Alcohol laws of Pennsylvania
For consumption off-premises
Pennsylvania is an alcoholic beverage control state. Spirits are to be sold only in the state owned Fine Wine and Good Spirits stores, which also sell wine, but not beer. Prices are generally the same throughout the state, but state stores may offer special discounts and sales, and county sales tax may cause the price to differ slightly. People under the age of 21 are allowed to enter Fine Wine and Good Spirits stores, contrary to popular belief, but only if accompanied by a parent or guardian. Monday through Saturday, a store may open as early as 9 am and close as late as 10 pm. On Sunday, many stores sell liquor from 11 am until 7 pm.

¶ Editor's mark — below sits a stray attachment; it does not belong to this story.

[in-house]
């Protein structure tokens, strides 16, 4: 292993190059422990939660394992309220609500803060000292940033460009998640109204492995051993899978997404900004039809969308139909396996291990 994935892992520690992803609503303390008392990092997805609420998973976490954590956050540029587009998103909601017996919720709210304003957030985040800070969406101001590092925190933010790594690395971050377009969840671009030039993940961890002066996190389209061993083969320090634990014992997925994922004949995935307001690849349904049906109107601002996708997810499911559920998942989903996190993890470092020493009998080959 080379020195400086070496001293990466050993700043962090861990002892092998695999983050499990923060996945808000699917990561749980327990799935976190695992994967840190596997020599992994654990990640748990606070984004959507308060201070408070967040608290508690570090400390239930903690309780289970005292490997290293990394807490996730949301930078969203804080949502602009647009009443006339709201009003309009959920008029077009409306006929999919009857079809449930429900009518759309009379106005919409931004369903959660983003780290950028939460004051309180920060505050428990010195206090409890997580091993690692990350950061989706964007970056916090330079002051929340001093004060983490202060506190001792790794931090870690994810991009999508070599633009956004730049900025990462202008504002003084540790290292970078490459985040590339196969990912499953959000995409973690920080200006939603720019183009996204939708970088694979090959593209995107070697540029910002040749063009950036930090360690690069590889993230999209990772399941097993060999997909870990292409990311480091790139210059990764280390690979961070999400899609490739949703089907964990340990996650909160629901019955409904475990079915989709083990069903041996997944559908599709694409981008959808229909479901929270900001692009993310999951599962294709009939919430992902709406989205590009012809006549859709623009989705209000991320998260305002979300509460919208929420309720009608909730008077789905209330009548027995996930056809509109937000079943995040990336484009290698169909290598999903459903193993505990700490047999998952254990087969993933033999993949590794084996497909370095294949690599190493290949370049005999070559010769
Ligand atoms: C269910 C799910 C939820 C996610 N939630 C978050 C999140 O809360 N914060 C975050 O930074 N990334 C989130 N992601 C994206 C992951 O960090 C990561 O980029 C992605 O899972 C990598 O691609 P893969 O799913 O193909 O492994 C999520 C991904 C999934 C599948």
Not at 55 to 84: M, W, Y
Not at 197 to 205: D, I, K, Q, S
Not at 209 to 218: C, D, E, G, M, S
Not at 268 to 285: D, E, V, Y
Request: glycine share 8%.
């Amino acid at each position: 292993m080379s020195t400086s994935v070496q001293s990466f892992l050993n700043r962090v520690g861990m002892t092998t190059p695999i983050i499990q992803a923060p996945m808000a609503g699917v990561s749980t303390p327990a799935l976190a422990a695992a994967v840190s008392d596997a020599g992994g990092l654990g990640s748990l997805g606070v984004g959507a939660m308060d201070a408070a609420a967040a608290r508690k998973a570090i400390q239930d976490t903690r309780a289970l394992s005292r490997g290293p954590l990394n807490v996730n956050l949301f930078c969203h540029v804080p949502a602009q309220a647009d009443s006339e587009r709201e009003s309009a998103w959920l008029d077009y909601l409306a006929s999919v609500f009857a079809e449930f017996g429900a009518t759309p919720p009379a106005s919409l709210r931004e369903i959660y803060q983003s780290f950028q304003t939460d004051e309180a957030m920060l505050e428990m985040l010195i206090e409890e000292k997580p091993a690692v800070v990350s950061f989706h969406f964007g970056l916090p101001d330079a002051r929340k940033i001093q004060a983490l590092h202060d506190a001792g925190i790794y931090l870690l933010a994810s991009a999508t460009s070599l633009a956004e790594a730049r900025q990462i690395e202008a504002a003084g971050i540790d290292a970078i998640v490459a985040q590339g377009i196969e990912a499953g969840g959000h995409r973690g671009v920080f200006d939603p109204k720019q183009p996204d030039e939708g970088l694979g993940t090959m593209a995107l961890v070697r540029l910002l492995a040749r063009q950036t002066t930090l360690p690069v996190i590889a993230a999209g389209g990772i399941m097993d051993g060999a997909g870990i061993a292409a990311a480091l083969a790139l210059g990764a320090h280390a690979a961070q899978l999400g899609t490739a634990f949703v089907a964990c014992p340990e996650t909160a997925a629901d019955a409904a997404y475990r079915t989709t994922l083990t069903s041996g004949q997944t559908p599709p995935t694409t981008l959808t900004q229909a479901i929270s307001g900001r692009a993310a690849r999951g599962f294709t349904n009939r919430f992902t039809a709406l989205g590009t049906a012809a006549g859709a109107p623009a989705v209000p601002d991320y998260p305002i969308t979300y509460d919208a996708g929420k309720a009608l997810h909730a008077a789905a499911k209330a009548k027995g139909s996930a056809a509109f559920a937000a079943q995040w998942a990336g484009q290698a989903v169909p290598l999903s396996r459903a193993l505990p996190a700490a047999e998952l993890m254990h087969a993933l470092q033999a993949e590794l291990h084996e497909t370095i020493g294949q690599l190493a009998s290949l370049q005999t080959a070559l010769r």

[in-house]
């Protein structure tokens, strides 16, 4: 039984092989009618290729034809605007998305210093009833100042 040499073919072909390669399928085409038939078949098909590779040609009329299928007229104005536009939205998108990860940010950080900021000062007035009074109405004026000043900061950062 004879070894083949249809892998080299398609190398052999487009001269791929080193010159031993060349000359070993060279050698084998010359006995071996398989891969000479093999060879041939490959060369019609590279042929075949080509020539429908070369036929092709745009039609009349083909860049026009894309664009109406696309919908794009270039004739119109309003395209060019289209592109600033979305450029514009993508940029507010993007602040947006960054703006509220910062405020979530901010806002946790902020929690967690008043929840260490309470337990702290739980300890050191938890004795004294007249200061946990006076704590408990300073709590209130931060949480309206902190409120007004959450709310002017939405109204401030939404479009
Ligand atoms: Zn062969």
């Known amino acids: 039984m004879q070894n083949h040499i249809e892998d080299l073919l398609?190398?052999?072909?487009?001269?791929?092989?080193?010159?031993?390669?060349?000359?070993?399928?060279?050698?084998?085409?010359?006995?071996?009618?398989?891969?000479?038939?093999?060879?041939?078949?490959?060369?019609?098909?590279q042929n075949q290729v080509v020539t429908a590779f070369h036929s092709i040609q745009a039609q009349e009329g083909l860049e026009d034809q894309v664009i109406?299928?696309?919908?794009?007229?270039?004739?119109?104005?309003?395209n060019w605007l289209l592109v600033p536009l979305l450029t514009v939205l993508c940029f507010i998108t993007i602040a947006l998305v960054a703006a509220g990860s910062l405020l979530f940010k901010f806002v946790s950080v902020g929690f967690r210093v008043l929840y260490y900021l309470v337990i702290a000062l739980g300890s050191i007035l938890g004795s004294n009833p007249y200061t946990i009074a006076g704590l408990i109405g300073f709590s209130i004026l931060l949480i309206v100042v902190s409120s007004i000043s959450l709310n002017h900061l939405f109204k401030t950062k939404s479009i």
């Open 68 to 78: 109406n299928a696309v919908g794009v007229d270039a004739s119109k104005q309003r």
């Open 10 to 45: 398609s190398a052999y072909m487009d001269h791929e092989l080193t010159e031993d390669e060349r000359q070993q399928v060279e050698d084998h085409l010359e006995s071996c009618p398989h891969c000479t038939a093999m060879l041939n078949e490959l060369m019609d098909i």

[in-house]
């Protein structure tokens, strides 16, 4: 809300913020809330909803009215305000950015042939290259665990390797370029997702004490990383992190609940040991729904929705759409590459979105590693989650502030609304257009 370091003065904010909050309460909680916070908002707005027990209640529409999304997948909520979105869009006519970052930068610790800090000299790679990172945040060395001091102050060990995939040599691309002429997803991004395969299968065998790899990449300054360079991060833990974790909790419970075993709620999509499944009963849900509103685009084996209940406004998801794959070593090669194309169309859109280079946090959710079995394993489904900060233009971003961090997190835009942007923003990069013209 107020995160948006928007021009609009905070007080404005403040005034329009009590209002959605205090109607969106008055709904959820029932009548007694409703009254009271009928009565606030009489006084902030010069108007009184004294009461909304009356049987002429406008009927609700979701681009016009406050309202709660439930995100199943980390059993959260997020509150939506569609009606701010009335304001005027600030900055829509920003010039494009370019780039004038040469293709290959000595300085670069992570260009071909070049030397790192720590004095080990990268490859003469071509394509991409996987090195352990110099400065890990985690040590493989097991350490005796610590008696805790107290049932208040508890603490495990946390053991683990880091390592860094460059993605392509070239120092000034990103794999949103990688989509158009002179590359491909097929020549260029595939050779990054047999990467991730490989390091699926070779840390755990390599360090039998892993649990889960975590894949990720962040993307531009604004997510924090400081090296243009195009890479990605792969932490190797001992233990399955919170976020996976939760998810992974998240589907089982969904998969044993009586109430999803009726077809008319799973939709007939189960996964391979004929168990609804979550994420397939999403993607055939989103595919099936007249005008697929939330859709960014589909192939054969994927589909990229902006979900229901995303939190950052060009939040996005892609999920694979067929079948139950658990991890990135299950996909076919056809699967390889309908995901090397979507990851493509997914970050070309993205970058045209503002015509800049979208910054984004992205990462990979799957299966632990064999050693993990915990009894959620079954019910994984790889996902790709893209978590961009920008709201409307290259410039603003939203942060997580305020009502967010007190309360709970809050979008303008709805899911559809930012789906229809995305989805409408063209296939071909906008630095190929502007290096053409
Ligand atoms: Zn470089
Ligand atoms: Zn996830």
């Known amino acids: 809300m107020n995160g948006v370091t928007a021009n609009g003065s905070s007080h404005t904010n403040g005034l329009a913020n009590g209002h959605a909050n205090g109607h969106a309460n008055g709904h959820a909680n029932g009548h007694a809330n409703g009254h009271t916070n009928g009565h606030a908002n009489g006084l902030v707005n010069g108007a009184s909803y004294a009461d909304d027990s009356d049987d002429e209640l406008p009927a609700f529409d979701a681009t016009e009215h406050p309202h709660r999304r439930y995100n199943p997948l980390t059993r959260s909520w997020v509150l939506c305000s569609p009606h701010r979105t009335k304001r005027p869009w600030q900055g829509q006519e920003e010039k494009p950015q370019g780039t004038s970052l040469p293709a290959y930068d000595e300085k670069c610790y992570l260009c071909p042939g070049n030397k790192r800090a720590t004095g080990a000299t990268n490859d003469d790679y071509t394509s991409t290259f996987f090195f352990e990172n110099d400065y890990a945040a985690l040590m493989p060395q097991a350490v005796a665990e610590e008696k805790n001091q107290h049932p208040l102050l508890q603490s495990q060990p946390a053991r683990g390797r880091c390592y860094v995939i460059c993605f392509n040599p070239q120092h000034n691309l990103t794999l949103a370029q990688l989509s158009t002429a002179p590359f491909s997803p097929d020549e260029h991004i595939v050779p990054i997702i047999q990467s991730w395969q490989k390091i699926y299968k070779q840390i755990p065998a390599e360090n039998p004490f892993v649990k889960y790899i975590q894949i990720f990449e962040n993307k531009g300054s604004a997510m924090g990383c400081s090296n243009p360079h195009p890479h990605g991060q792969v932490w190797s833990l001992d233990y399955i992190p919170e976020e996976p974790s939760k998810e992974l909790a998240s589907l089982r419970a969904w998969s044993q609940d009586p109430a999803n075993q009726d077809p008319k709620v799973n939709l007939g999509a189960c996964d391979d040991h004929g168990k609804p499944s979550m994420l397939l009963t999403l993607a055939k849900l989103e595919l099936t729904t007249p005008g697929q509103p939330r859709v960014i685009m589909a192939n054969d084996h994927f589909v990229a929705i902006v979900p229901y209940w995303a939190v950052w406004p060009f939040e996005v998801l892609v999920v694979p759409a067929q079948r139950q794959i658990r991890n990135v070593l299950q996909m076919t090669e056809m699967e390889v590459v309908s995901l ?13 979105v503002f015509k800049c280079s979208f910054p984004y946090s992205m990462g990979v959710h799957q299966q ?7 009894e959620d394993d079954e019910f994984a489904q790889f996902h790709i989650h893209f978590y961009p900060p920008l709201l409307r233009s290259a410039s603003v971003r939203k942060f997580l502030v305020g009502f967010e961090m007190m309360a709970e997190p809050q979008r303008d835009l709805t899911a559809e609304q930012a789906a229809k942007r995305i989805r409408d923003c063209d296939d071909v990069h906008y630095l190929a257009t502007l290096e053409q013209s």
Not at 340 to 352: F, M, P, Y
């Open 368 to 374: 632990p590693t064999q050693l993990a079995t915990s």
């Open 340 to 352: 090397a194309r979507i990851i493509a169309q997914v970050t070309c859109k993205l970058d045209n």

Wineries are common throughout the commonwealth, and often sell their wines at storefronts in shopping malls; persons under the age of 21 are permitted to enter these establishments. Wine was available for a short time in supermarket kiosks, but this practice has ended. Many supermarkets now operate restaurants at which they are permitted to sell small quantities of wine (see below).
Beer may only be purchased in large quantities from a distributor. Beer distributors mainly sell kegs of beer and cases. A beer distributor is also allowed to sell any package intended for resale by a PLCB-approved brewery containing any variety of bottle/can arrangements greater than or equal to 128 ounces. Beverage distributors (which also sell soft drinks) may sell beer and malt liquor, citation needed] or hard liquor. People under 21 may enter most beverage distributors without an adult, since most distributors also sell water, soda, ice, and some snack foods. They are subject to the rules of the individual establishment.[